Authorities say they have compelling evidence about a possible suspect in the killing of Sgt. Christopher Reyka, who was fatally shot in a drugstore parking lot in 2007. On Tuesday Broward Sheriff Scott Israel named Shawn Sherwin Labeet, who was killed on Sept. 13, 2007, as the focus of the probe into Reyka's death.
Authorities say they have compelling evidence about a possible suspect in the killing of Sgt. Christopher Reyka, who was fatally shot in a drugstore parking lot in 2007.
On Aug. 10, 2007 Sgt. Reyka was killed in the parking lot of a Walgreens in Pompano Beach while investigating a suspicious car. The 51-year-old was an 18-year veteran of the force who left behind a wife and four kids.
On Tuesday Broward Sheriff Scott Israel named Shawn Sherwin Labeet, who was killed on Sept. 13, 2007, as the focus of the probe into Reyka's death. Authorities said he became the focus about a year and a half ago.
"Today I want you to know that cop killer Shawn Labeet is now considered the focus of this homicide investigation. The BSO Homicide Unit began investigating this case moments after Sgt. Reyka was killed. It's never been considered a cold case," Israel said.
Authorities said they could not discuss most of the evidence gathered in the past 18 months, but did say Labeet was involved in drug rip-offs while he posed as a police officer. Authorities also said two witnesses placed Labeet at a business and an apartment complex near the drugstore the night Reyka was murdered.
Labeet was killed in a shootout with police in September 2007 after authorities said he shot four Miami-Dade Police officers.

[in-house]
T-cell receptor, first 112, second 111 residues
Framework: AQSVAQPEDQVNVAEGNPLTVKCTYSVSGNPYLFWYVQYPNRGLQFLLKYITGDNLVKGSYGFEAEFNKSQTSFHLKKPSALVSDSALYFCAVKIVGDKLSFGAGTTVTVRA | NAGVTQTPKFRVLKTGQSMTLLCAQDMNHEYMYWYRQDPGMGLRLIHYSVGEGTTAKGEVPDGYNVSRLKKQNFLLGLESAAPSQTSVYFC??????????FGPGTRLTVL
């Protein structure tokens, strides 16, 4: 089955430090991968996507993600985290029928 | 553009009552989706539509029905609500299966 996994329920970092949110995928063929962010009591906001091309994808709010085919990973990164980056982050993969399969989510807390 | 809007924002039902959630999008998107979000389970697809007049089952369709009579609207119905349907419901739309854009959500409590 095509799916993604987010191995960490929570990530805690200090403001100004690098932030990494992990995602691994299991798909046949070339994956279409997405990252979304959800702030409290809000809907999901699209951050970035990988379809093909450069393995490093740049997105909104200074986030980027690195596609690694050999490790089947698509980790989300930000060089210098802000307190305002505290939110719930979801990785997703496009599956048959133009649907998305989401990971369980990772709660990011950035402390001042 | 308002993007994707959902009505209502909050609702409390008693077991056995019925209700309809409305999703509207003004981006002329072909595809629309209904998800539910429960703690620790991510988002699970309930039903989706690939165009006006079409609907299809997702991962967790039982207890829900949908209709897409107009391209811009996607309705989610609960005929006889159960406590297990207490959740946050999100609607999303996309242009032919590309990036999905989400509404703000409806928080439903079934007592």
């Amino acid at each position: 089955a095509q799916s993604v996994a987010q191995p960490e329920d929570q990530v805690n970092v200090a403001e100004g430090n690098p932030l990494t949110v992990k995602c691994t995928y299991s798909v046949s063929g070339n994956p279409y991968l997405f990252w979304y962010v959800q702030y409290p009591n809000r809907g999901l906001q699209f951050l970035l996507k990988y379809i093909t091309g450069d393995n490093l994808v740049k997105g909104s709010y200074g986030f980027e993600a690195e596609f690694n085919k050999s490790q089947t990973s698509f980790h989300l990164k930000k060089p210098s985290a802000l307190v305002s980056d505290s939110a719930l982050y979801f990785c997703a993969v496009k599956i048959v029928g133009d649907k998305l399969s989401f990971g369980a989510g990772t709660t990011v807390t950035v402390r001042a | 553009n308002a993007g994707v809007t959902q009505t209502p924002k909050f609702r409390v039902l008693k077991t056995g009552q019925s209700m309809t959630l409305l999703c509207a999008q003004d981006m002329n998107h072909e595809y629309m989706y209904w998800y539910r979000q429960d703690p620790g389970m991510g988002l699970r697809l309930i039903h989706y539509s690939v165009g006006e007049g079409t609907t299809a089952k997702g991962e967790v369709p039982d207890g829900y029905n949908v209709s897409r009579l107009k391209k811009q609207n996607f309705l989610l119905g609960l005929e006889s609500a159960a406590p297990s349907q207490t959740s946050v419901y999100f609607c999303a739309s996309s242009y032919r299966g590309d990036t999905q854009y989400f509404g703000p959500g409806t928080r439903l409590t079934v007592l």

"In Dade County, Shawn Labeet, for an unclear motive, left the vehicle he was travelling in and entered into his house, placed on a bulletproof vest and came out with an AK-47 assault rifle and began shooting at Miami-Dade officers," Det. John Curcio said.
Labeet killed Miami-Dade Police Officer Jose Somohano, according to authorities.
"We're moving now into our sixth year and I can go ahead and say that I've made peace," said Somohano's widow, Elizabeth, on Tuesday. She wishes that same peace for Reyka's widow.
"I hope that they can find more evidence and are able to give her that closure," Elizabeth Somohano said.
The Reyka case has been featured on "America's Most Wanted" several times, and there is a $278,225 reward for information leading to an arrest. Authorities have received about 3,200 tips and are asking the public for more.
"BSO is committed to leaving no stone unturned," Israel said. "We now believe we have compelling evidence to place Mr. Labeet, a cop killer, as the focal point of this investigation."
Curcio said many tips have come in naming Labeet as the potential suspect. Authorities have set up a new tip line of 954-880-3950.
Curcio asked the public to please call in, even for people who have called in previously.
"The type of information we are trying to obtain is if you know who Shawn Labeet's associates are, any firearms he can be linked to directly or indirectly, any vehicles, including vehicles that fit the description of the suspect vehicle," Curcio said.
Most of the people who knew Labeet in Miami-Dade County knew him under the alias of Kevin Wehner, a name he assumed in 2003 through false identification, Curcio said.
For Broward County's former sherriff Al Lamberti, the Reyka case is personal.
"I still wear my wristband, just to remember, the killers are still out there. Chris is still in our memory," Lamberti said.
He became sheriff a month after the tragedy, and wore a pin with Reyka's badge number on his uniform over his heart every day.
Lamberti said Labeet was always on their radar. He was committed to closing the case.
"We even retested evidence, because DNA testing has changed every few years,” he said.
Lamberti assigned Curcio, the current lead detective, to the case.
On Tuesday, Curcio added that a critical piece of evidence was found at a car wash in Oakland Park.
A crime scene detective flew to England to learn about a technique about raising fingerprints off of bullets and casings, Curcio said.
"We are always one phone call away from solving a case," Curcio said.